Capstone Essay Contest
Media ethics seems to have become an oxymoron, in the view of today's military. Has the relationship between the media and the military deteriorated to the point that an ethical code and professional relationship no longer exist? There is no easy answer. Without question, the relationship between the two remains adversarial—and controversial.
Since the end of the Persian Gulf War, charges and countercharges have flown between the news media and the military. The military argues that the media routinely threaten operational security by revealing classified information. Many in the military also argue that the media generate inaccurate, slanted news stories and invasions of privacy, while remaining accountable to no one. The media tend to see the military services as chauvinist and parochial, paralyzed by their own prejudices and biases. Almost automatically, they view any constraints placed upon them by the military as clear violations of the First Amendment.
"Media" is a general term for journalistic endeavor, ranging from print to broadcast. But the bottom line is that the media are in a business, trying to make a profit, which means beating, or "scooping" the competition. In the eyes of most editors, a little bad news often is more newsworthy than a lot of good news-and the public wants to know about the military's mistakes because they are paying for those mistakes with their tax dollars.
Are the media's views toward the military biased? The answer could be argued either way, but generally, it is irrelevant. Harboring an abiding distaste for the media does little to protect the military, and will not lead to an improved relationship. In fact, it does disservice to those reporters and news organizations who do play by the rules. Constant criticism by the military only poisons the professional relationship between the two groups.
In debates between the military and the media, the media stands with the First Amendment while the military stands with the need for operational security. We are familiar with the need for operational security—but what about the First Amendment?
The First Amendment states, "Congress shall make no law . . . abridging the freedom of speech or of the press." Some in the press take this to mean that the media has a right to print whatever it wants, whenever it wants. On the other hand, most experienced journalists understand the need for operational security. And we in the military must understand that even though we have the right to refuse to answer certain questions, the media still has the right to ask them. For those journalists who do not abide by the operational-security rules, we have the right—and the responsibility—to complain quickly to their editors, and never to provide information to the offending reporters.
The relationships and opinions developed toward the media are especially crucial for junior officers. Opinions formed early easily can influence an officer's actions years later. Several authors even argue that the opinions and biases are formed even earlier, as midshipmen or officer candidates.1 No matter when opinions are formed, however, it is a truism that many officers still view the media with apathy, at best—and active distrust, at worst.
Given this hostile atmosphere, what are junior officers to do? Here are some common-sense guidelines that could help:
- Know whom you are talking to, whether an experienced journalist who plays by the rules, or a novice who does not comprehend them. The public affairs office can help by briefing the reputations of the journalists on base. The important point is not to stereotype the media as a monolith.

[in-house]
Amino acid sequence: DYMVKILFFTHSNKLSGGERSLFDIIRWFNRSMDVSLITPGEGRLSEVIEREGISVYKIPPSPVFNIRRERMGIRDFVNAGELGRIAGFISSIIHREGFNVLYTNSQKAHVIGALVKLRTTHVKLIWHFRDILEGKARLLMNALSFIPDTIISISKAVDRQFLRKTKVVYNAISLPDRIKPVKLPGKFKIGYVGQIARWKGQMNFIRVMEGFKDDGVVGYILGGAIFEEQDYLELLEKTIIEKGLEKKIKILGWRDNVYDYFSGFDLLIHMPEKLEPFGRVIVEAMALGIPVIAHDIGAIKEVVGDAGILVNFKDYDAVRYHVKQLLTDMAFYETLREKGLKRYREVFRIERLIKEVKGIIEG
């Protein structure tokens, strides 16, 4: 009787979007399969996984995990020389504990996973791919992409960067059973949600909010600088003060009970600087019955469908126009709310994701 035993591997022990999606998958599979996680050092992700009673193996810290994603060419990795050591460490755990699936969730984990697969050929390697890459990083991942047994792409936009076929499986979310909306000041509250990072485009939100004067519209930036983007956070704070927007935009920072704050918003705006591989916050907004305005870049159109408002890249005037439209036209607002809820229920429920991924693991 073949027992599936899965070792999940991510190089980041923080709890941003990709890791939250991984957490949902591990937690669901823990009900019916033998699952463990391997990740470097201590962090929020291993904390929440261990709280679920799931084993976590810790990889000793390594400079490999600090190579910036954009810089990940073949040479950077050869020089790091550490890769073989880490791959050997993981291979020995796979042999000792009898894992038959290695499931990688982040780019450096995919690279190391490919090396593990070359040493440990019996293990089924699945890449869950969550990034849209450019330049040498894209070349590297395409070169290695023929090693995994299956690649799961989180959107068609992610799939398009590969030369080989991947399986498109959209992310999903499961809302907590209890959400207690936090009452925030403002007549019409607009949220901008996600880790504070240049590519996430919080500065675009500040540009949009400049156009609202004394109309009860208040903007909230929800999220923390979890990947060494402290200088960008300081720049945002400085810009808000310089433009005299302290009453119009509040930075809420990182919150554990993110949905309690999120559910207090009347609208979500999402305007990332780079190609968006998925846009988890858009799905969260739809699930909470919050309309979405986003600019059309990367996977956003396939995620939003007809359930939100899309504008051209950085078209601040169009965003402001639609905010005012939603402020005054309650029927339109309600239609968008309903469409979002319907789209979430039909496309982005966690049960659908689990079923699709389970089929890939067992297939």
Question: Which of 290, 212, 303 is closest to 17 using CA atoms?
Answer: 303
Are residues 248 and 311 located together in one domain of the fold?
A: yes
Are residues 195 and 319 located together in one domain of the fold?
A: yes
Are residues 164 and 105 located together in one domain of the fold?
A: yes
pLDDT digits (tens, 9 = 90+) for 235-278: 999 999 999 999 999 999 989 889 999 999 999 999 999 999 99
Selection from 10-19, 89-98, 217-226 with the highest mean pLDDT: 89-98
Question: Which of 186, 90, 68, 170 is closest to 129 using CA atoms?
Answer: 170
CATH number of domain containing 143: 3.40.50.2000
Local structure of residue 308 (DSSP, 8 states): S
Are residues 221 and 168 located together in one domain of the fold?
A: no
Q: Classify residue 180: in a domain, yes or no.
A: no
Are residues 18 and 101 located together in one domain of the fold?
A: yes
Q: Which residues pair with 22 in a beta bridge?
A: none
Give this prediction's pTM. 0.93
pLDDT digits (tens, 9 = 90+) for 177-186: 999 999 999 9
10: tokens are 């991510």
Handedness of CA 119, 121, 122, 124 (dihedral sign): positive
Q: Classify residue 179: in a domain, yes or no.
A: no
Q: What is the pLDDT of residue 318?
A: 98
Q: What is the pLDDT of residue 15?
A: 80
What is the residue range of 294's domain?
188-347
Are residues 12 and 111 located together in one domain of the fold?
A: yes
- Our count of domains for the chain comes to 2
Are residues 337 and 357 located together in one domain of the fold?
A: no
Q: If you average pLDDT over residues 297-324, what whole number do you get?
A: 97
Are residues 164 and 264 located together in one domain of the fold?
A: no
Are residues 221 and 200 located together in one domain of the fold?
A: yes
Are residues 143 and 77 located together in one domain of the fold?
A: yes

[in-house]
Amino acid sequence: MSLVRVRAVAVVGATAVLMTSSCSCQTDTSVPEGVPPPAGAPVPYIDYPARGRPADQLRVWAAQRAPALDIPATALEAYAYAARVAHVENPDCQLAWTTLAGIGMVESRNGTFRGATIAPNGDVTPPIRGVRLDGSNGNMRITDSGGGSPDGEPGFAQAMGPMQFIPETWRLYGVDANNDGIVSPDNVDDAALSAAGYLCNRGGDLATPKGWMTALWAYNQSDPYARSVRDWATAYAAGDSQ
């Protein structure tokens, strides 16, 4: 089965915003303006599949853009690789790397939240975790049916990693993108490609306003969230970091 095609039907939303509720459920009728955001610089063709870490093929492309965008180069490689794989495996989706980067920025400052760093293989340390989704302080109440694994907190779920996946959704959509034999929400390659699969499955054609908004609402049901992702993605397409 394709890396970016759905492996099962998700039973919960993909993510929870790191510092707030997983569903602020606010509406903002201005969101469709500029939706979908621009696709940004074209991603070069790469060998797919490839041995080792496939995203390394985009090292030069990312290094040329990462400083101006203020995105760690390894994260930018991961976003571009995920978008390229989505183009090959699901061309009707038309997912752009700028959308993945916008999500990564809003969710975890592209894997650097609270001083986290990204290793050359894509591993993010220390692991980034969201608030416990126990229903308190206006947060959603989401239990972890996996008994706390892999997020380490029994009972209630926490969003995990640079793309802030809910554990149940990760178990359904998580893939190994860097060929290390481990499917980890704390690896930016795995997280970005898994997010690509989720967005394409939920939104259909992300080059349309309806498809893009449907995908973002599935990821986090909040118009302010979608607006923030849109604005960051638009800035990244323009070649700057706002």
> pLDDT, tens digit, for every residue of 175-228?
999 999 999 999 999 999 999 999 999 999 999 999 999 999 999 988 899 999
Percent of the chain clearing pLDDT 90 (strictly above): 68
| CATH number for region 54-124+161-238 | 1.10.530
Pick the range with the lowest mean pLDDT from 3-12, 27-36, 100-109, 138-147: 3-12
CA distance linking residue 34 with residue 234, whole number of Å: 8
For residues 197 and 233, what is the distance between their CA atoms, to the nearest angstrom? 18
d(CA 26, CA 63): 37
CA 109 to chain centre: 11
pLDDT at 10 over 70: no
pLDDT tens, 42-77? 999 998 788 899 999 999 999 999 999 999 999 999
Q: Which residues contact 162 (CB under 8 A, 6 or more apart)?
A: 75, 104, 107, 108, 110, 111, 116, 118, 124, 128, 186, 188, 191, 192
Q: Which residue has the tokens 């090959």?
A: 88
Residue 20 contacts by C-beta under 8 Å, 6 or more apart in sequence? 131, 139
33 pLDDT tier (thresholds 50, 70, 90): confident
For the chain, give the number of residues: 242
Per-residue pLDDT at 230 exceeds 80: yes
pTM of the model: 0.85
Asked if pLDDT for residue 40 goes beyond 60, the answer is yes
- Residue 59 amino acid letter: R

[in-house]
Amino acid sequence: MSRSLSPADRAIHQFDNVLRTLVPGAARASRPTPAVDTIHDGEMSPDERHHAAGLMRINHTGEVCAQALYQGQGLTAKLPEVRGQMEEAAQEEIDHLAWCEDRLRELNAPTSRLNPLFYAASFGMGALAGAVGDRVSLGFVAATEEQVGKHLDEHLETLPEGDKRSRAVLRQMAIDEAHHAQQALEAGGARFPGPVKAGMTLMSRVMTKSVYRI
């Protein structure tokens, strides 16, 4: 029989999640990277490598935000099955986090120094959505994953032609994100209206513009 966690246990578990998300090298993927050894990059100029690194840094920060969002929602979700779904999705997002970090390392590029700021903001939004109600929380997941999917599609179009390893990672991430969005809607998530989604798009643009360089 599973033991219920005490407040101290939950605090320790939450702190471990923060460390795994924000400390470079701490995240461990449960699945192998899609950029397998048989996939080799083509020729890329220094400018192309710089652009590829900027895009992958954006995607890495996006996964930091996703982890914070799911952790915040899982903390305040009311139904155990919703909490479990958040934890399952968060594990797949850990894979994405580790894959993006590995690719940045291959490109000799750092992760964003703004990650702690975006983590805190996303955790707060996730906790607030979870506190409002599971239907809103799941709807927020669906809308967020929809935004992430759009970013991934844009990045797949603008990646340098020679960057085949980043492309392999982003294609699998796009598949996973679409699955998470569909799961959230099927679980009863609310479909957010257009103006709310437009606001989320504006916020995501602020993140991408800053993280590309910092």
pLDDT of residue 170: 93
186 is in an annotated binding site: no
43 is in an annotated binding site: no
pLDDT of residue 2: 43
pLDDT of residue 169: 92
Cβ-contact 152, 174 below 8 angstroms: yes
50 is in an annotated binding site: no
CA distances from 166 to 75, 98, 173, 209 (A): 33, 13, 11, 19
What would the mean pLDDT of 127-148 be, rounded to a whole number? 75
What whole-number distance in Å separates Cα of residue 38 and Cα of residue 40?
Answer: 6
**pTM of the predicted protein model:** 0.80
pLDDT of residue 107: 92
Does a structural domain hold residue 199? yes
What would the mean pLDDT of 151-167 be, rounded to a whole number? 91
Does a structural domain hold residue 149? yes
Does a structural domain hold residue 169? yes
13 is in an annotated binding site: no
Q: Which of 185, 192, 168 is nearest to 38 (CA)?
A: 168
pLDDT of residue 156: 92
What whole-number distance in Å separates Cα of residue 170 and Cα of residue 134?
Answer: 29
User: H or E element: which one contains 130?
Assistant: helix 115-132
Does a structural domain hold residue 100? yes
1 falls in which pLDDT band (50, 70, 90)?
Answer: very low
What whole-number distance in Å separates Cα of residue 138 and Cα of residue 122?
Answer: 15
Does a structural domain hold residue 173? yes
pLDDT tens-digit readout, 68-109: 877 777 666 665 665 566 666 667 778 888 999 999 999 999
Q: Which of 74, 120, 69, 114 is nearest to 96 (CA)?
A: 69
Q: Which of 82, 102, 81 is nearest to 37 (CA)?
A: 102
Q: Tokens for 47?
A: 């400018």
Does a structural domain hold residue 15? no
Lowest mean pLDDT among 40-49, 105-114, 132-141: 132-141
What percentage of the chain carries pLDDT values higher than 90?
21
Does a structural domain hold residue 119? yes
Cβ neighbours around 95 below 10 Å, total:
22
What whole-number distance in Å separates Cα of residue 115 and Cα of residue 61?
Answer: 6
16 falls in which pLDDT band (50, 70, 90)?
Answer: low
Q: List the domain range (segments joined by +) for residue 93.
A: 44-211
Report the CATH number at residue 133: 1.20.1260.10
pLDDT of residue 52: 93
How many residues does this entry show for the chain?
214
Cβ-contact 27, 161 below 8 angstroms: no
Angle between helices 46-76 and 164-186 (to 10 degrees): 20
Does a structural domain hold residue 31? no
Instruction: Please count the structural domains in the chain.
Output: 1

- Stick to talking about what you know. One needs not avoid the media purposely, but sticking to familiar subjects that are consistent with your rank and position is safe and smart. Speculation should be discouraged. Understand the rules that the journalist works by: "Off the record" means revealing something that one does not want publicly released. "On the record" means one can be quoted by name and rank. Also, one should not feel obligated to answer any question. If an answer is classified, tell the reporter you are not at liberty to discuss it. If you are uncomfortable with the question, refer the reporter to your public affairs officer.
As a midshipman first class at the U.S. Naval Academy, I have seen firsthand the need for such an open and professional relationship. In recent years, the Academy has suffered journalists who have not bothered to report all the facts. Moreover, the intense focus on a few negative incidents, repeated questioning of the leadership of the Superintendent, and the projected image of the Academy as a criminal syndicate run amok have eroded the credibility of the media substantially in the eyes of most midshipmen. And today's midshipmen are tomorrow's senior officers.
It is vitally important for the military never to lose sight of the need for a free press. It has become too common place for military spokespersons to blast the press in knee-jerk fashion, for unfair coverage and slanted reporting. This is not to say that we should not be upset by substandard reporting, but we should not let stereotypes cloud our relationships with the media. These relationships should remain open and professional—not held hostage automatically to negative preconceptions.
The best way to protect the military and deal with media scrutiny is not to be found through vindictiveness. Individually, each officer can individually nurture the honest, open, and professional relationships that are required to deal successfully with media scrutiny.
1 See Bernard E. Trainor, "The Military and the Media: A Troubled Embrace, Newsmen and National Defense: Is Conflict Inevitable?," Washington: Brassey's, p. 121.
A native of Cocoa, Florida, Ensign Wolynski is in training to become a surface warfare officer. He has received orders to the Laboon (DDG-58).